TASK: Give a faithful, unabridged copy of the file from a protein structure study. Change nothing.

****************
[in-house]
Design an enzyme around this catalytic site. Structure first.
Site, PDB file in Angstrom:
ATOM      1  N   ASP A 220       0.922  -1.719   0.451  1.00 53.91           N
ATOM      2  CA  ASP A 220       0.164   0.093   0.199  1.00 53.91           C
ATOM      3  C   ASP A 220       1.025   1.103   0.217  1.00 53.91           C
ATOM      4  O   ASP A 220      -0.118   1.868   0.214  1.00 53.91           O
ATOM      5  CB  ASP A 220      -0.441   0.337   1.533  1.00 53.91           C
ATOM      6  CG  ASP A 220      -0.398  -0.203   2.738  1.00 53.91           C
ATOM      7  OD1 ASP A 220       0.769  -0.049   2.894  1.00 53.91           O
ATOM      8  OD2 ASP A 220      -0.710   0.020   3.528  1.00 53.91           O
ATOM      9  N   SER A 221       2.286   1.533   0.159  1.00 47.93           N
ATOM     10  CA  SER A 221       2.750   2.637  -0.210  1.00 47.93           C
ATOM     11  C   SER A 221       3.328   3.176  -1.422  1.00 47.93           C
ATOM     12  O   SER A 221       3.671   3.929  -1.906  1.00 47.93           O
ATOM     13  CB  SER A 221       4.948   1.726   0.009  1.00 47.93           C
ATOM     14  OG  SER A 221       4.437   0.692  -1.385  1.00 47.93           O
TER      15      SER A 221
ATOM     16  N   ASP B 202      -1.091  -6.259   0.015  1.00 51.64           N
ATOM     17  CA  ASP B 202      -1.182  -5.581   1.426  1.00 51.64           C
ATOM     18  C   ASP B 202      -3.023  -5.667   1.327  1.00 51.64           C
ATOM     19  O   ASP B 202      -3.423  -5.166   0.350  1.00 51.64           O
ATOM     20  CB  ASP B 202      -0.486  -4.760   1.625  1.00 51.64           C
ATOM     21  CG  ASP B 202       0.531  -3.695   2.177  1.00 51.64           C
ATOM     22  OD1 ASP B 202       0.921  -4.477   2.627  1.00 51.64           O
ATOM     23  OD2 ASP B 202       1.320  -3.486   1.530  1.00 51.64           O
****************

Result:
[in-house]
Design an enzyme around this catalytic site. Structure first.
Site, PDB file in Angstrom:
ATOM      1  N   ASP A 220       0.922  -1.719   0.451  1.00 53.91           N
ATOM      2  CA  ASP A 220       0.164   0.093   0.199  1.00 53.91           C
ATOM      3  C   ASP A 220       1.025   1.103   0.217  1.00 53.91           C
ATOM      4  O   ASP A 220      -0.118   1.868   0.214  1.00 53.91           O
ATOM      5  CB  ASP A 220      -0.441   0.337   1.533  1.00 53.91           C
ATOM      6  CG  ASP A 220      -0.398  -0.203   2.738  1.00 53.91           C
ATOM      7  OD1 ASP A 220       0.769  -0.049   2.894  1.00 53.91           O
ATOM      8  OD2 ASP A 220      -0.710   0.020   3.528  1.00 53.91           O
ATOM      9  N   SER A 221       2.286   1.533   0.159  1.00 47.93           N
ATOM     10  CA  SER A 221       2.750   2.637  -0.210  1.00 47.93           C
ATOM     11  C   SER A 221       3.328   3.176  -1.422  1.00 47.93           C
ATOM     12  O   SER A 221       3.671   3.929  -1.906  1.00 47.93           O
ATOM     13  CB  SER A 221       4.948   1.726   0.009  1.00 47.93           C
ATOM     14  OG  SER A 221       4.437   0.692  -1.385  1.00 47.93           O
TER      15      SER A 221
ATOM     16  N   ASP B 202      -1.091  -6.259   0.015  1.00 51.64           N
ATOM     17  CA  ASP B 202      -1.182  -5.581   1.426  1.00 51.64           C
ATOM     18  C   ASP B 202      -3.023  -5.667   1.327  1.00 51.64           C
ATOM     19  O   ASP B 202      -3.423  -5.166   0.350  1.00 51.64           O
ATOM     20  CB  ASP B 202      -0.486  -4.760   1.625  1.00 51.64           C
ATOM     21  CG  ASP B 202       0.531  -3.695   2.177  1.00 51.64           C
ATOM     22  OD1 ASP B 202       0.921  -4.477   2.627  1.00 51.64           O
ATOM     23  OD2 ASP B 202       1.320  -3.486   1.530  1.00 51.64           O